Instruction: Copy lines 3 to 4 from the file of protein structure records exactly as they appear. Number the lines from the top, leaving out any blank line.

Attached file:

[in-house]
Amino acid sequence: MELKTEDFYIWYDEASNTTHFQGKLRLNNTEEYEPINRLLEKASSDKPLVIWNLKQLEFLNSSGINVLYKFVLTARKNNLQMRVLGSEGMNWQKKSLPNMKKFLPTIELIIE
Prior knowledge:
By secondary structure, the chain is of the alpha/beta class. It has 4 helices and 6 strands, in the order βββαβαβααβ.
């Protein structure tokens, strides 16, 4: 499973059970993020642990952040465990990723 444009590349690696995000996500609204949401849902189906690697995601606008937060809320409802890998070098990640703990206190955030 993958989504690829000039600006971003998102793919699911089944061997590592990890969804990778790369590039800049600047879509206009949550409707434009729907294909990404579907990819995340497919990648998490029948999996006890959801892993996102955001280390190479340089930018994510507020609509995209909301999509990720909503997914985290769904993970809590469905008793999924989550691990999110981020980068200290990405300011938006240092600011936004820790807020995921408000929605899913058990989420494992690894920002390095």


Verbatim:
Prior knowledge:
By secondary structure, the chain is of the alpha/beta class. It has 4 helices and 6 strands, in the order βββαβαβααβ.